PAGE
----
When Husain took over in 2009, he brought about a substantial change in the portfolio. As a result, there are just two stocks currently that have been around since 2008 - Bharat Electronics Ltd. and Indraprastha Gas Ltd. By and large, the fund manager is fairly active in his movements in and out of stocks. He puts it down to the dynamism in this space - change in regulations, emergence of new sectors and other such factors.
The same vigorous style gets reflected in his asset allocation. The fund is sometimes seen taking substantial cash bets, currently at 20 per cent. While some portfolio managers argue that they do not compromise on being fully invested, that could backfire if it is a sector or thematic fund in question. Once investment is limited to a sector, or a few sectors, when there are periods valuations get stretched to the extremes it could be safer just moving into cash. “We adhere to our strategy of buying cheap when valuations are below fair value and selling when they are above fair value. At times, this strategy may not find sufficient stocks. But we will not purposely deploy the money in a stock which is not attractive at that point in time.”
So even if the wait is sometimes long (the cash allocation from November to January was above 20%), Husain sticks to his guns.
Husain is a bottom-up stock picker who goes by three broad parameters when buying a stock - dominance of the company in its industry, the management quality and ability, and the valuation of the stock. In this fund, he does inch towards a mid-cap tilt because to a large extent the space itself is characterized by smaller companies. Once he narrows down on his picks, he bets on his convictions. Ever since he took over he never exceeded 25 stocks in his portfolio with his top individual bets sometimes crossing 8 per cent. This does give the portfolio a slightly risky tilt but Husain has this far shown that he knows what he is doing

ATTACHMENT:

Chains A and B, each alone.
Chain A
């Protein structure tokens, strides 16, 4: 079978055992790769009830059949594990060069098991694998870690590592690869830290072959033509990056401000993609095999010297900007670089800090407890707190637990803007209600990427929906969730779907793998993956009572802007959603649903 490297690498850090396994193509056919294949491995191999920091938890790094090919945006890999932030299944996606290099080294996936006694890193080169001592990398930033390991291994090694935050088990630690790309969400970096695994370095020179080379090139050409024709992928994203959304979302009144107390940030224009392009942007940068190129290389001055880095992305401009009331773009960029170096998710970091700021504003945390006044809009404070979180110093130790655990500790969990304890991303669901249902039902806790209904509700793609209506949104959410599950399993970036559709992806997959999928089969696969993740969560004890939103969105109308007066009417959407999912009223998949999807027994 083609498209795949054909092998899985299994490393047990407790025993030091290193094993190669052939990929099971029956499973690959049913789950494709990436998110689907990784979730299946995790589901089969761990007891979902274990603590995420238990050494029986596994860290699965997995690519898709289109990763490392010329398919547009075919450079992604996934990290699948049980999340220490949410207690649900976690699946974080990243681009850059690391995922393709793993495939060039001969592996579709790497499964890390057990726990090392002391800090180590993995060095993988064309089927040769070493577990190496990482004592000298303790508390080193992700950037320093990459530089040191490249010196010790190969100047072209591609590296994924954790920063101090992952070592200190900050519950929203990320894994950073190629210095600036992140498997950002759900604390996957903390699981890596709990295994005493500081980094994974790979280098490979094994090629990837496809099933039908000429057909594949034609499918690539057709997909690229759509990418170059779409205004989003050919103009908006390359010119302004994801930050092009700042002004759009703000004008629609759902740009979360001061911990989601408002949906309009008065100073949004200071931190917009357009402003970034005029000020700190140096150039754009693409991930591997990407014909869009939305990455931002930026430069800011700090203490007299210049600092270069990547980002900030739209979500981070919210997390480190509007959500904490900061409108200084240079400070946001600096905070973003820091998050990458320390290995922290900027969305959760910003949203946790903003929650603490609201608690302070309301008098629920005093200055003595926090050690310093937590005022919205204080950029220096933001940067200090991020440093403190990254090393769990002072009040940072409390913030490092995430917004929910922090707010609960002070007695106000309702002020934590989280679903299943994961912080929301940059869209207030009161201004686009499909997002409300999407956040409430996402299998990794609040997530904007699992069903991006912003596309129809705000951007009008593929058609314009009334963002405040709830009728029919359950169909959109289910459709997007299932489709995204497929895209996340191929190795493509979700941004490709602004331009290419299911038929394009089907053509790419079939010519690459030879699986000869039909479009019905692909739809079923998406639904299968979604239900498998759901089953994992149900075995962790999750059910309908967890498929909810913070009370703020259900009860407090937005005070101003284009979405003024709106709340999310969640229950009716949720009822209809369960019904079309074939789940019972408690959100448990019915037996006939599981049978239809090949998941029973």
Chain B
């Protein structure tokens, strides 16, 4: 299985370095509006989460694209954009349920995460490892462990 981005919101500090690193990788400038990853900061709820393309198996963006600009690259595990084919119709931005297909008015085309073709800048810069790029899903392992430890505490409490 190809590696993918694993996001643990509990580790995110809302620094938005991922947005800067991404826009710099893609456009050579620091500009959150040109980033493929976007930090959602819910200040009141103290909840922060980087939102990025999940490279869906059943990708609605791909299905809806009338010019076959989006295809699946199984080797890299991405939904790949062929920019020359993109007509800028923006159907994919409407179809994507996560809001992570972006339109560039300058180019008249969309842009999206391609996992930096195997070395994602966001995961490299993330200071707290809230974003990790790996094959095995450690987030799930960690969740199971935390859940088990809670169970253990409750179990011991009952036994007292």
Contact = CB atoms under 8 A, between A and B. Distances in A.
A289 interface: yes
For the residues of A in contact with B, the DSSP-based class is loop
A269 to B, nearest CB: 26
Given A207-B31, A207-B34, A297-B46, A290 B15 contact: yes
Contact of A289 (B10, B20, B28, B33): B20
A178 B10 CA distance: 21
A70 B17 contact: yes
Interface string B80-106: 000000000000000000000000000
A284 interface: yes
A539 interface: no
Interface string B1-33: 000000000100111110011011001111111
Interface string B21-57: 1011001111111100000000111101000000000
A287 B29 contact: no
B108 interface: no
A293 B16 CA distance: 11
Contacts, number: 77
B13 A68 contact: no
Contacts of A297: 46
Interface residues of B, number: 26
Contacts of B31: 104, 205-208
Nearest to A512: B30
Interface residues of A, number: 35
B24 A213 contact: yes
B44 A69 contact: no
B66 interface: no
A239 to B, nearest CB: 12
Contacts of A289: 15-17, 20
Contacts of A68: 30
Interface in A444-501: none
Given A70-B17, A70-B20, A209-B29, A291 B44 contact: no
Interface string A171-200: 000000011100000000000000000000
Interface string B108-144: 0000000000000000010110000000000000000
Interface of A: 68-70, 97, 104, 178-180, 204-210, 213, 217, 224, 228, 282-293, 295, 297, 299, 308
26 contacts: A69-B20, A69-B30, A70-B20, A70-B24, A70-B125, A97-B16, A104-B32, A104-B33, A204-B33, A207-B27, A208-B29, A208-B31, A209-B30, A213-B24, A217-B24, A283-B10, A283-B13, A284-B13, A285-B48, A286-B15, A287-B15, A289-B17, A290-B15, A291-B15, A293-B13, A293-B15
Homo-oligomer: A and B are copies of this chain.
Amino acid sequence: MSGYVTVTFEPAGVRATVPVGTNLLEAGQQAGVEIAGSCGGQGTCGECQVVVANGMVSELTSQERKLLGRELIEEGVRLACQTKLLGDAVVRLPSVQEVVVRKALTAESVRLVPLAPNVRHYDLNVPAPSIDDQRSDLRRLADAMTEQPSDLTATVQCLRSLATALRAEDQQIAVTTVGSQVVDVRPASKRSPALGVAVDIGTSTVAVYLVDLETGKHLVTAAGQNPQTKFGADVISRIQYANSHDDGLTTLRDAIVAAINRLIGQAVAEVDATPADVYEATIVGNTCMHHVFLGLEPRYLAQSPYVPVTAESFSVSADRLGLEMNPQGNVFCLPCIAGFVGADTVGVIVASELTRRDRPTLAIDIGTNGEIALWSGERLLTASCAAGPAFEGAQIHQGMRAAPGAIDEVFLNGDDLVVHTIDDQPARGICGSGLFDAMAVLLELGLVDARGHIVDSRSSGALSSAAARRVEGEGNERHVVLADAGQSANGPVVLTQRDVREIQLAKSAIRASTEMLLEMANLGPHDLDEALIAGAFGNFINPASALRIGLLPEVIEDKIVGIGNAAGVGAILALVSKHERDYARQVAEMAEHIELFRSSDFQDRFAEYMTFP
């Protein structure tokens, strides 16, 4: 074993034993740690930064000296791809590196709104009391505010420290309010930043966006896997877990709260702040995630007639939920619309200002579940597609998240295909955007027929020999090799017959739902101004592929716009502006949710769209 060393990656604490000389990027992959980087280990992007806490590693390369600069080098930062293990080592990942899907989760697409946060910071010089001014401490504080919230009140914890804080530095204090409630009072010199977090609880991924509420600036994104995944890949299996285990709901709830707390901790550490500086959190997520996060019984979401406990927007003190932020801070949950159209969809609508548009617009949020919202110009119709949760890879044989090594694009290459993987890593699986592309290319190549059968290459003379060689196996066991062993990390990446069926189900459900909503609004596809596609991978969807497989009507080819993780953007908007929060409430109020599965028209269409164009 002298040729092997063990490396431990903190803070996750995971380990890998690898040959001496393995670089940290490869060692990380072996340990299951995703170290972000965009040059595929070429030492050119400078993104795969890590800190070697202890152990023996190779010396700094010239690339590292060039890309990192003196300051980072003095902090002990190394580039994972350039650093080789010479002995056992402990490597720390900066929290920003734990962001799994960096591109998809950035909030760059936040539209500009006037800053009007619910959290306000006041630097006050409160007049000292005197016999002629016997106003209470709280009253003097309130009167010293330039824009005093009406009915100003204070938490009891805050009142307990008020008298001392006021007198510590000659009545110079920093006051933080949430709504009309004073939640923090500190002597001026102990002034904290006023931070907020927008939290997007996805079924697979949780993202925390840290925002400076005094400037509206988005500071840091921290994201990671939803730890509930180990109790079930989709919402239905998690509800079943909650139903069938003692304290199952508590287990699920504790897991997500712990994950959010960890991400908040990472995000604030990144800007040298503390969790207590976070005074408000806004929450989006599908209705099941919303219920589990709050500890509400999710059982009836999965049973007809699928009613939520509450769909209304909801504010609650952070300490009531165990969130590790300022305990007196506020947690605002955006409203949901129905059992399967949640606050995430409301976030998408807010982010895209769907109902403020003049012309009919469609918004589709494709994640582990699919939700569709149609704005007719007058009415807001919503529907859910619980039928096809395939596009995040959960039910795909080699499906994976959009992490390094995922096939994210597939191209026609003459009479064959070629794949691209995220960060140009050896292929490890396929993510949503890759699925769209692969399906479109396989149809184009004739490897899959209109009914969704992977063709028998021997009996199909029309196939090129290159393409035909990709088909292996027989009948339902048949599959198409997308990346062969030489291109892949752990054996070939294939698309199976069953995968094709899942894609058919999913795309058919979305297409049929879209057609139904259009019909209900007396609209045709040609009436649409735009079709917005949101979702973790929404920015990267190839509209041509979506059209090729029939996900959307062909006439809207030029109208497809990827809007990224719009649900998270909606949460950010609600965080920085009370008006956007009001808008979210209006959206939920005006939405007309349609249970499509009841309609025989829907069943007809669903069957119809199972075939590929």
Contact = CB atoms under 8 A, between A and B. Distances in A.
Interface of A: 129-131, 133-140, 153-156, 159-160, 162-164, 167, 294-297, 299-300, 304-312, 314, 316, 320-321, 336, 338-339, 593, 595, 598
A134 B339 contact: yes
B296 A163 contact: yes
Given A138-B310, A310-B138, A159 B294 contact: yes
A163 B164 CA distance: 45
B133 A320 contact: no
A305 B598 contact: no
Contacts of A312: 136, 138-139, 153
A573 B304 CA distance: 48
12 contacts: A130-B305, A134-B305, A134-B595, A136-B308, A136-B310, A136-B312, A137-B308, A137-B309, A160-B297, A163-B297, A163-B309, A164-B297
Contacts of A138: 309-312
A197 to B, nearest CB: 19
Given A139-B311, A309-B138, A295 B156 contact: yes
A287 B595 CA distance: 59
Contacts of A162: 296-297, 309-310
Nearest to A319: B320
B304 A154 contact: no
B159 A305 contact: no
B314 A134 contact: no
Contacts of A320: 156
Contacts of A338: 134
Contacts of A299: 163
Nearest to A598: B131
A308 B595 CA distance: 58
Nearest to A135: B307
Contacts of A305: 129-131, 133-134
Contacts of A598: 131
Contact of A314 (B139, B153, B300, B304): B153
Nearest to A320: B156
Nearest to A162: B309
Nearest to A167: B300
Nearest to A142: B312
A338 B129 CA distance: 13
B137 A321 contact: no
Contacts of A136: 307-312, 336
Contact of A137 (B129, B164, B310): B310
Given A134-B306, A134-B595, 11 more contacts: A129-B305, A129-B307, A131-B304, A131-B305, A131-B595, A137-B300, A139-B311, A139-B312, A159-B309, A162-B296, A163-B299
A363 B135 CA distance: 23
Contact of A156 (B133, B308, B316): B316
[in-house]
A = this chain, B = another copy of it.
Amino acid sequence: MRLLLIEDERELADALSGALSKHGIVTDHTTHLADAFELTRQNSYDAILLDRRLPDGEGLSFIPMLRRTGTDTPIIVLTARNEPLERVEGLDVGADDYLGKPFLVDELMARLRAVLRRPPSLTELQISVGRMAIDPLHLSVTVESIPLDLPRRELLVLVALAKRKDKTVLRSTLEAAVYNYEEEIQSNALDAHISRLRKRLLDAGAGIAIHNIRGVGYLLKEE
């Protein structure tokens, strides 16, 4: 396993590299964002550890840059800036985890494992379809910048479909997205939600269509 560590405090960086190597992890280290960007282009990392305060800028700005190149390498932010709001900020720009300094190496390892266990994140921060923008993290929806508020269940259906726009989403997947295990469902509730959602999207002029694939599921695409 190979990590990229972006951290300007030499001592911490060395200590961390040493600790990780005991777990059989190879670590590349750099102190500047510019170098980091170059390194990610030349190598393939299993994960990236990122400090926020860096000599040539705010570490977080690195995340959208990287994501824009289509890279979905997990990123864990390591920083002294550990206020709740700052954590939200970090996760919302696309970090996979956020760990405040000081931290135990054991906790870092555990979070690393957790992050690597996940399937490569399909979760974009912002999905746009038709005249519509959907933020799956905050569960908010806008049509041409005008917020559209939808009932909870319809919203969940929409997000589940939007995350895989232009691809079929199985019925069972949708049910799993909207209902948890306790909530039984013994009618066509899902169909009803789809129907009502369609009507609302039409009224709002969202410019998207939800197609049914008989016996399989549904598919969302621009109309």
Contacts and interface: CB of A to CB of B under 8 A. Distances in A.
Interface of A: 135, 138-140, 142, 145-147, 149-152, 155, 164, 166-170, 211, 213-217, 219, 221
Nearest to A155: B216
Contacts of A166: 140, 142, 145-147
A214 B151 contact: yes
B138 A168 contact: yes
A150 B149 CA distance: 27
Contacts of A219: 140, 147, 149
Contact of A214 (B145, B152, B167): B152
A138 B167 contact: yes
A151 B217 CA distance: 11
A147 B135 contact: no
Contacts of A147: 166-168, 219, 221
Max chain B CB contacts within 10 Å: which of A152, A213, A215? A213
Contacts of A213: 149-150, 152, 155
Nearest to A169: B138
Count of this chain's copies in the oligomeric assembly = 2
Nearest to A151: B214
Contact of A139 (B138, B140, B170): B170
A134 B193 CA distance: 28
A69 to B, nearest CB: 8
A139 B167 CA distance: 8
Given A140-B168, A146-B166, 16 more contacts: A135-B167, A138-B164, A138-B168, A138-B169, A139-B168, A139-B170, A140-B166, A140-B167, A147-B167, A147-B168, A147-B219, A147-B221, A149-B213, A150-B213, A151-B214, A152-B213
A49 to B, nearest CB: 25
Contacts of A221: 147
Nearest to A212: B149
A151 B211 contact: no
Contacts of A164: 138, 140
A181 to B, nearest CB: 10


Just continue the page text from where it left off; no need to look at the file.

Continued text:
Why we picked this fund
This year AIG Infrastructure and Economic Reform completed three years (the minimum period an equity fund has to be in existence before it gets rated by Value Research). On getting rated, it bagged a 4-star.
Within the ‘Equity: Infrastructure’ category, this fund has made a mark. The annual returns of the fund have always put it in the second quartile slot. However, the current trailing returns show that the fund has a substantial lead over its peers.
The mid-cap bent, a fairly concentrated portfolio and a focused theme make it a pretty risky offering.
What you should be wary about
Such thematic funds should not hog a major chunk of your portfolio. In terms of Infrastructure, there have been numerous headwinds in terms of delays, non-availability of raw material, increased cost of raw material, land acquisition approvals as well as scams (as in the case of Telecom). Investors, once in, need to exercise patience and not fret when the going gets tough - as it invariable will in such focused investments.